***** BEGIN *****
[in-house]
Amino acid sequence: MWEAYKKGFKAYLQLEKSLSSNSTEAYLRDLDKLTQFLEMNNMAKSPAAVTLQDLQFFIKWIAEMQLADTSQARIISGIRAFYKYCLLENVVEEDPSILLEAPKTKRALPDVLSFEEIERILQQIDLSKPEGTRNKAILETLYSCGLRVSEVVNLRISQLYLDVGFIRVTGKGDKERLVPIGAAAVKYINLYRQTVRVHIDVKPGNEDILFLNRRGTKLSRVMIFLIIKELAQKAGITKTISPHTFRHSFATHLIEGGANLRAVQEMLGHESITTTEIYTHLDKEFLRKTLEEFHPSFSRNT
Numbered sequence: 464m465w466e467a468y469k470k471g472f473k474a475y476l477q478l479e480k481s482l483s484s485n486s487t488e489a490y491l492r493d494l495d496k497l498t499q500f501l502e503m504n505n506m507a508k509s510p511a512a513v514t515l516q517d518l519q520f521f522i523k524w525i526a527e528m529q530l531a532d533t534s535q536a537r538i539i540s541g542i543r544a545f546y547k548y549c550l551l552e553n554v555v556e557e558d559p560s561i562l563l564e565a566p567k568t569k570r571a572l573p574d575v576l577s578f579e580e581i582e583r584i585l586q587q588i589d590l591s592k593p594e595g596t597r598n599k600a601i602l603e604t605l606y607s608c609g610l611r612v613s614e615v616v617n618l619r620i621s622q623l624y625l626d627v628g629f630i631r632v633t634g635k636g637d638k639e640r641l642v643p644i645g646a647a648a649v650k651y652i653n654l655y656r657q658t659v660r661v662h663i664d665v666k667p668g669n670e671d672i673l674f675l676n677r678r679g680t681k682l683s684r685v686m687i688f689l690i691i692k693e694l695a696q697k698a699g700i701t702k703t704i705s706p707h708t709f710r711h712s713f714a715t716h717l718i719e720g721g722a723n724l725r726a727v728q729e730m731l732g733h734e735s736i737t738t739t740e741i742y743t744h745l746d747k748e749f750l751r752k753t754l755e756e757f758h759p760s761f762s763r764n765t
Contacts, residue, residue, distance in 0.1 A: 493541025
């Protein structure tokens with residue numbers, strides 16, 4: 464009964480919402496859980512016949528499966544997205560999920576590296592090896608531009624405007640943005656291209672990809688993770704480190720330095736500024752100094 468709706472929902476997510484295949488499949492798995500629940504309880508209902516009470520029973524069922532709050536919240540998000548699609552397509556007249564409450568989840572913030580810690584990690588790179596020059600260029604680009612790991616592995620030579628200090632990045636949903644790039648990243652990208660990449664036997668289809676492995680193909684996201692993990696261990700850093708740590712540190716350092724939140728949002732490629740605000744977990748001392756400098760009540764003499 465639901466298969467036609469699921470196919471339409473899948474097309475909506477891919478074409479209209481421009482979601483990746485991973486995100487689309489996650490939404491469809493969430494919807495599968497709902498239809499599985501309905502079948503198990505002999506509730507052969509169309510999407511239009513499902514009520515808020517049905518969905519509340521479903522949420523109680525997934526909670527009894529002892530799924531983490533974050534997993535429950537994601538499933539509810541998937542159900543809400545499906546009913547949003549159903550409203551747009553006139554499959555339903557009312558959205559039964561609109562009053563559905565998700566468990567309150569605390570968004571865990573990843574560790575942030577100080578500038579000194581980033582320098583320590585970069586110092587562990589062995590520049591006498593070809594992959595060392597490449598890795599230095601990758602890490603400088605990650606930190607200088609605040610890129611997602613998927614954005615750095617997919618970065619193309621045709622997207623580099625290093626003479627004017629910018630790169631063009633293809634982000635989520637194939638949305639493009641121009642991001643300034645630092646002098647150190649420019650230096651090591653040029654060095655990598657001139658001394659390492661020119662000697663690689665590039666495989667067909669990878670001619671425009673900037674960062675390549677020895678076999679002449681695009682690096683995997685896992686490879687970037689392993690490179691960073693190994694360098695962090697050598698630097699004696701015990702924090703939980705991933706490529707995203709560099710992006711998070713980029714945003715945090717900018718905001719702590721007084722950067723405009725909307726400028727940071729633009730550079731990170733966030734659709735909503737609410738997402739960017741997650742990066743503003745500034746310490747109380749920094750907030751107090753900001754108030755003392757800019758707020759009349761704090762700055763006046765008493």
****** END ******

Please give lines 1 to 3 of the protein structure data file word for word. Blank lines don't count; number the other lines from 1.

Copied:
[in-house]
Amino acid sequence: MWEAYKKGFKAYLQLEKSLSSNSTEAYLRDLDKLTQFLEMNNMAKSPAAVTLQDLQFFIKWIAEMQLADTSQARIISGIRAFYKYCLLENVVEEDPSILLEAPKTKRALPDVLSFEEIERILQQIDLSKPEGTRNKAILETLYSCGLRVSEVVNLRISQLYLDVGFIRVTGKGDKERLVPIGAAAVKYINLYRQTVRVHIDVKPGNEDILFLNRRGTKLSRVMIFLIIKELAQKAGITKTISPHTFRHSFATHLIEGGANLRAVQEMLGHESITTTEIYTHLDKEFLRKTLEEFHPSFSRNT
Numbered sequence: 464m465w466e467a468y469k470k471g472f473k474a475y476l477q478l479e480k481s482l483s484s485n486s487t488e489a490y491l492r493d494l495d496k497l498t499q500f501l502e503m504n505n506m507a508k509s510p511a512a513v514t515l516q517d518l519q520f521f522i523k524w525i526a527e528m529q530l531a532d533t534s535q536a537r538i539i540s541g542i543r544a545f546y547k548y549c550l551l552e553n554v555v556e557e558d559p560s561i562l563l564e565a566p567k568t569k570r571a572l573p574d575v576l577s578f579e580e581i582e583r584i585l586q587q588i589d590l591s592k593p594e595g596t597r598n599k600a601i602l603e604t605l606y607s608c609g610l611r612v613s614e615v616v617n618l619r620i621s622q623l624y625l626d627v628g629f630i631r632v633t634g635k636g637d638k639e640r641l642v643p644i645g646a647a648a649v650k651y652i653n654l655y656r657q658t659v660r661v662h663i664d665v666k667p668g669n670e671d672i673l674f675l676n677r678r679g680t681k682l683s684r685v686m687i688f689l690i691i692k693e694l695a696q697k698a699g700i701t702k703t704i705s706p707h708t709f710r711h712s713f714a715t716h717l718i719e720g721g722a723n724l725r726a727v728q729e730m731l732g733h734e735s736i737t738t739t740e741i742y743t744h745l746d747k748e749f750l751r752k753t754l755e756e757f758h759p760s761f762s763r764n765t